5.0 out of 5 stars a comprehensive account of a vast conflict May 29, 2009
By Kirk Huff
This is going to be a complicated review.First, if you know nothing about the wars of central Africa over the past 15 years or so, in particular the Rwanda-related conflicts, this is an awful book to pick up and try to use as orientation. It assumes the reader already has a basic knowledge of the recent political events in about eight African nations and often launches directly into building cases against the conventionally-held wisdom, often without actually stating what the conventional wisdom is. I did my graduate thesis on the formation of an African Great Lakes rebel group, and I often had to stop reading to give my overworked brain time to process the flood of information or reread a section to make sure I understood Prunier’s arguments. I can only imagine what readers who know nothing about the topic have to endure.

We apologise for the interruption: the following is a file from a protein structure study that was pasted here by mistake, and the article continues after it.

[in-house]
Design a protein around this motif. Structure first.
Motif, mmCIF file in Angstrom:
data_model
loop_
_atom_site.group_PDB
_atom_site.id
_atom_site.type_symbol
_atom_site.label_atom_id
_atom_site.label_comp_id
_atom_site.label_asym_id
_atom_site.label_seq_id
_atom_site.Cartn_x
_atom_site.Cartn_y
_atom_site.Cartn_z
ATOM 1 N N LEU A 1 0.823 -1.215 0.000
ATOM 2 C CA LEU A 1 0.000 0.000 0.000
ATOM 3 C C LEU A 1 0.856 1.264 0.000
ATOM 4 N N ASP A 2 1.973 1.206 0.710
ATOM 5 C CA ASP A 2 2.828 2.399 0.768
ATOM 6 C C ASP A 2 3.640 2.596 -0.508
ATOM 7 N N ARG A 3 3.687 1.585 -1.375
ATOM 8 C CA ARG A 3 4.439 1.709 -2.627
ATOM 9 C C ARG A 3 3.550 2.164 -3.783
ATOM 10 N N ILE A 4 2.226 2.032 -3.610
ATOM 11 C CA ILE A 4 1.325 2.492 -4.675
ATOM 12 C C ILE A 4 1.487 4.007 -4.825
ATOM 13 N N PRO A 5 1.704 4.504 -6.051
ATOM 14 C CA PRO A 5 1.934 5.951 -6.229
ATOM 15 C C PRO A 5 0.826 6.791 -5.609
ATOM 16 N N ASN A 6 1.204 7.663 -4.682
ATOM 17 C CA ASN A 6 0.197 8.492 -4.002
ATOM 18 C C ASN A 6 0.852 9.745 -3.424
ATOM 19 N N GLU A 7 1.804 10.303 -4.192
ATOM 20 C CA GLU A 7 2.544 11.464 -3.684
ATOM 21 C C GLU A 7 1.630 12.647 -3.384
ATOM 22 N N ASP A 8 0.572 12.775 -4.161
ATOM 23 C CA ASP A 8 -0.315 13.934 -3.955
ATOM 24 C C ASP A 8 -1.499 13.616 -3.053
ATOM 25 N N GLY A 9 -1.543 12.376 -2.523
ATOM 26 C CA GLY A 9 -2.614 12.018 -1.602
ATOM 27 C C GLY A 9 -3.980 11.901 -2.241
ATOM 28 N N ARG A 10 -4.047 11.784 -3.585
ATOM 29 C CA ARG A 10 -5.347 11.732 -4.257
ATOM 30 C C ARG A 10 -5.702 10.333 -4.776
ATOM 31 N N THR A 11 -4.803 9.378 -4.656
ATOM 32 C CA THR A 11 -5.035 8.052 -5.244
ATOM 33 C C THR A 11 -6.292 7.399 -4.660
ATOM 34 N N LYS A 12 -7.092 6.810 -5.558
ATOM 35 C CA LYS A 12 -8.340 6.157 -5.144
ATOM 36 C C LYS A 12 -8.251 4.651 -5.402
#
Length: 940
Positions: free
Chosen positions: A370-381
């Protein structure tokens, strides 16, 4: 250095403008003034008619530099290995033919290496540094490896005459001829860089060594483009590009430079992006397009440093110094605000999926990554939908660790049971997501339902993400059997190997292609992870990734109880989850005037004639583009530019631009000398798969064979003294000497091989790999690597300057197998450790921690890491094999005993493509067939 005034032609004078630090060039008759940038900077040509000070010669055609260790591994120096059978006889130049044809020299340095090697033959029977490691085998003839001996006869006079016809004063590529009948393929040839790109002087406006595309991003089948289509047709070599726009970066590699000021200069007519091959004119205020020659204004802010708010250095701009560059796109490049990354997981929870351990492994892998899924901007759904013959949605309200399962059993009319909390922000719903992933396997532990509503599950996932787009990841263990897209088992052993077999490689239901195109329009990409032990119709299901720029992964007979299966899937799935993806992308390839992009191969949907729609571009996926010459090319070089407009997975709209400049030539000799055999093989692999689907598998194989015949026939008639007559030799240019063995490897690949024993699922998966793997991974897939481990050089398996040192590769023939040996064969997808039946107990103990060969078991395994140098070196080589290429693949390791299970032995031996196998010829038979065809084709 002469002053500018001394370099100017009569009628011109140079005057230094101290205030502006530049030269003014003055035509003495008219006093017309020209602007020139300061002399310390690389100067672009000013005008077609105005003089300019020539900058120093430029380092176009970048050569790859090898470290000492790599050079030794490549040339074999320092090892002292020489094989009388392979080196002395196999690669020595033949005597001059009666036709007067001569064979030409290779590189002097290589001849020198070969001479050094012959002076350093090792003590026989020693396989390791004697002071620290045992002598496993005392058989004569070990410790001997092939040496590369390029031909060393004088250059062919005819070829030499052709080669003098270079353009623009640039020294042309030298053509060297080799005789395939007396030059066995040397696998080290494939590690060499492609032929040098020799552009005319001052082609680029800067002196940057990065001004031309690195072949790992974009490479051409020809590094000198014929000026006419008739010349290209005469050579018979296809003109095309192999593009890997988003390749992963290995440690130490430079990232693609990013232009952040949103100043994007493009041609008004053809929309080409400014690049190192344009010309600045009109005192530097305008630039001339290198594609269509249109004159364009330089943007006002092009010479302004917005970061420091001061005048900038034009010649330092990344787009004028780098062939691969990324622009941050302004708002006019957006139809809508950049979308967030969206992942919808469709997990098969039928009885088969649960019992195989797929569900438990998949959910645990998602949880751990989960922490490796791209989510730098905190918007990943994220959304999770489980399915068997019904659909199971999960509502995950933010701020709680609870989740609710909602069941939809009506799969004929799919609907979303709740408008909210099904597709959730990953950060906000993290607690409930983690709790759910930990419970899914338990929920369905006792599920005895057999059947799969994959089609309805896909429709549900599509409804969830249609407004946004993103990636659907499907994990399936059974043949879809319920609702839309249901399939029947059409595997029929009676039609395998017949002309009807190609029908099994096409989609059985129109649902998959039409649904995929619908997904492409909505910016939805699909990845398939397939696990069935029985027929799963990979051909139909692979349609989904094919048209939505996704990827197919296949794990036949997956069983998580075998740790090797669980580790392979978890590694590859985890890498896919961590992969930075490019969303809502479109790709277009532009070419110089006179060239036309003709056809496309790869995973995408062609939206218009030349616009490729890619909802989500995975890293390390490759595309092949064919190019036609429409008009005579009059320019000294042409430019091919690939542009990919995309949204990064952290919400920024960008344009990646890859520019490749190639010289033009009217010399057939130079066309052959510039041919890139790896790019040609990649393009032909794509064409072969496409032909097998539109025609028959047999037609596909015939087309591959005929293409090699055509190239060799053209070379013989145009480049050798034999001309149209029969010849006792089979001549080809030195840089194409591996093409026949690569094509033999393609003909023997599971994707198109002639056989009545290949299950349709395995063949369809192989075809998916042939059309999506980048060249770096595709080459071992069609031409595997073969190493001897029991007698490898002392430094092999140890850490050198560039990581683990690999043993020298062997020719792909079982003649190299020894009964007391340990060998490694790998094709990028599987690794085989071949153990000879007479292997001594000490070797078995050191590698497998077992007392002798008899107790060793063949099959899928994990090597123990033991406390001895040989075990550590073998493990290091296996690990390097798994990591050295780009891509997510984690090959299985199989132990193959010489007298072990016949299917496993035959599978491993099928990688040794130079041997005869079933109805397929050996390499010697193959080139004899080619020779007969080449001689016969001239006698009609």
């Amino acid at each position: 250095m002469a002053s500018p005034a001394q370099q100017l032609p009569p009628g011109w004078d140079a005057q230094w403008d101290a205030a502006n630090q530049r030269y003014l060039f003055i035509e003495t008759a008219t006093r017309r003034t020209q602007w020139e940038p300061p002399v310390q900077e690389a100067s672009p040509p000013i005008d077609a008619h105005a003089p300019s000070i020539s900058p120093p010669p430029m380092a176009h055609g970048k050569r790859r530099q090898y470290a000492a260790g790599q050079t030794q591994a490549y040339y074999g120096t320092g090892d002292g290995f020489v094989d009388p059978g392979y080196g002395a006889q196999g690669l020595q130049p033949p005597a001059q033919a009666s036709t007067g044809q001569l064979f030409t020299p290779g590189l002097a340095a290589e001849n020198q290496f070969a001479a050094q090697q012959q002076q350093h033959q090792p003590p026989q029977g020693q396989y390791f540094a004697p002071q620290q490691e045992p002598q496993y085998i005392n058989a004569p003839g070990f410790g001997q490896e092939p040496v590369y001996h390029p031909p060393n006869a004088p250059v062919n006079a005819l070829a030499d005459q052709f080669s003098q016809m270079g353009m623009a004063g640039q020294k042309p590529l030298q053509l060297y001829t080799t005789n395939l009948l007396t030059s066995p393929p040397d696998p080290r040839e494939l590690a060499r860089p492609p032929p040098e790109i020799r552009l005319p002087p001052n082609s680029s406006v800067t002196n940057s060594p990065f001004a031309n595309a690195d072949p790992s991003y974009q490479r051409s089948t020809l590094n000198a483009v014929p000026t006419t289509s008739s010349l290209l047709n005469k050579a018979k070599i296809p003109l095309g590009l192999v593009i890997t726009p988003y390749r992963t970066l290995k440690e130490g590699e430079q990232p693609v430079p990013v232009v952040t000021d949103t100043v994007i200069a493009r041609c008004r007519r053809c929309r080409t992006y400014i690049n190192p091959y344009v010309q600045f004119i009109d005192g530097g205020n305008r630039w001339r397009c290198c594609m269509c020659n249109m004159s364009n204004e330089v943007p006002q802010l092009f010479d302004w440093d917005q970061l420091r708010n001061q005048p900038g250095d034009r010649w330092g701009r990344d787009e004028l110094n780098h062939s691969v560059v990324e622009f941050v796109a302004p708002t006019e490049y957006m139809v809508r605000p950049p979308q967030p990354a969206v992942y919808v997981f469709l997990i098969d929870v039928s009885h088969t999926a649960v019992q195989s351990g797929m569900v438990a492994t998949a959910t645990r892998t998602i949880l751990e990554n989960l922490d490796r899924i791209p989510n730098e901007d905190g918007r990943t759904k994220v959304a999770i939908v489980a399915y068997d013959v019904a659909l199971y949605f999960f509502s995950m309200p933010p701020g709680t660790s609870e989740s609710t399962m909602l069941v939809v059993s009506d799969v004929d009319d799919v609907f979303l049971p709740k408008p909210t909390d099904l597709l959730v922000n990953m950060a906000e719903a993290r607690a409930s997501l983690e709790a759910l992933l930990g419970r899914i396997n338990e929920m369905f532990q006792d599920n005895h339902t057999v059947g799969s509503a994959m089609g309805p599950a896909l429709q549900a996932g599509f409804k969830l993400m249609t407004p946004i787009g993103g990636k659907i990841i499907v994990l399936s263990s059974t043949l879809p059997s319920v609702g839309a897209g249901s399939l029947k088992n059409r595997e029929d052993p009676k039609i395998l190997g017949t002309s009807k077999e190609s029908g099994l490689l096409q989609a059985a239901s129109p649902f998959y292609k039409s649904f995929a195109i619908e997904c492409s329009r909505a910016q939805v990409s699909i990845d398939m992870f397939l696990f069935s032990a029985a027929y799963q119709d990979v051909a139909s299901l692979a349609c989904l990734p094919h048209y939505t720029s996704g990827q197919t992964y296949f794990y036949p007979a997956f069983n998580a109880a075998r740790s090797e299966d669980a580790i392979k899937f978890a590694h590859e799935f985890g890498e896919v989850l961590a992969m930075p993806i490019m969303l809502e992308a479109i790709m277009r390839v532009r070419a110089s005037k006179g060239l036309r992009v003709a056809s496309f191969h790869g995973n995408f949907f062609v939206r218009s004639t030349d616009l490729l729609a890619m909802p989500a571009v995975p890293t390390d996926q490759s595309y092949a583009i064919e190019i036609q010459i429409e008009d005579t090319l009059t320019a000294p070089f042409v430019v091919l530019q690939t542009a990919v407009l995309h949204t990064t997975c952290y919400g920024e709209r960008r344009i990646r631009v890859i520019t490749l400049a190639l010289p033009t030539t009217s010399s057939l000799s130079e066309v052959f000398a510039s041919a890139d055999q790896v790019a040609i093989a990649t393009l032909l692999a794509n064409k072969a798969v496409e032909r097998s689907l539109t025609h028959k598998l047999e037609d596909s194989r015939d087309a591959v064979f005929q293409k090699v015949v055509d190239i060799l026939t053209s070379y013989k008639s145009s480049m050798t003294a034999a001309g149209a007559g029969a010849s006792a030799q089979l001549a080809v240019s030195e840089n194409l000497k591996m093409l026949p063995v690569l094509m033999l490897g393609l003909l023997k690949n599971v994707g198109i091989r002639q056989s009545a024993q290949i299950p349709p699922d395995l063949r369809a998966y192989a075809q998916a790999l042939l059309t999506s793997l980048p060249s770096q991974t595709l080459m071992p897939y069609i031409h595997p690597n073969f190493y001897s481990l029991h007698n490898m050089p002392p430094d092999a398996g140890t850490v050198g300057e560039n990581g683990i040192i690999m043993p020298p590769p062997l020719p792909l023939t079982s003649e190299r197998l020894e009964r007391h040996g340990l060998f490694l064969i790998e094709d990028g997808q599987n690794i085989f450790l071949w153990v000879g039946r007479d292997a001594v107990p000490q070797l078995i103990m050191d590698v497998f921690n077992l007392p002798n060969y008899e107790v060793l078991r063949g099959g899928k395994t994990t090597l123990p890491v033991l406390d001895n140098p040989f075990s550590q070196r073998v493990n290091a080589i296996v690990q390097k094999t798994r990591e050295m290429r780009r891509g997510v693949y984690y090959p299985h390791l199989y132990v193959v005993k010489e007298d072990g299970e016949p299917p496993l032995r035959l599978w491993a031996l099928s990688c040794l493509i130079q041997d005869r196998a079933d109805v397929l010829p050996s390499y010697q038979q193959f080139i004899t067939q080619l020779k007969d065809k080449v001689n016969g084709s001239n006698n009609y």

Second, one has to decide to what degree one trusts Prunier. If this book was written by someone besides Prunier, I would probably dismiss it largely or in whole. However, Prunier is the author of ‘The Rwanda Crisis,’ considered a seminal early book on the genocide, and the author of ‘Darfur: The Ambiguous Genocide,’ also considered one of the best books of that conflict. In this recent book, Prunier recants entire storylines of ‘The Rwanda Crisis’ and basically says, “Fourteen years ago, I discounted information that I now believe to be credible and this is the story as I now believe it to be.” So one has to decide if this is a sign that (1) Prunier has suffered some sort of mental breakdown or has perhaps been subverted by some political agenda or (2) Prunier has reexamined his sources and arguments in the light of new information, as a good historian should, to compile a more accurate portrayal. I seriously considered both as options, but decided that Alternative 2 was the most likely. You will see other reviewers who have decided otherwise.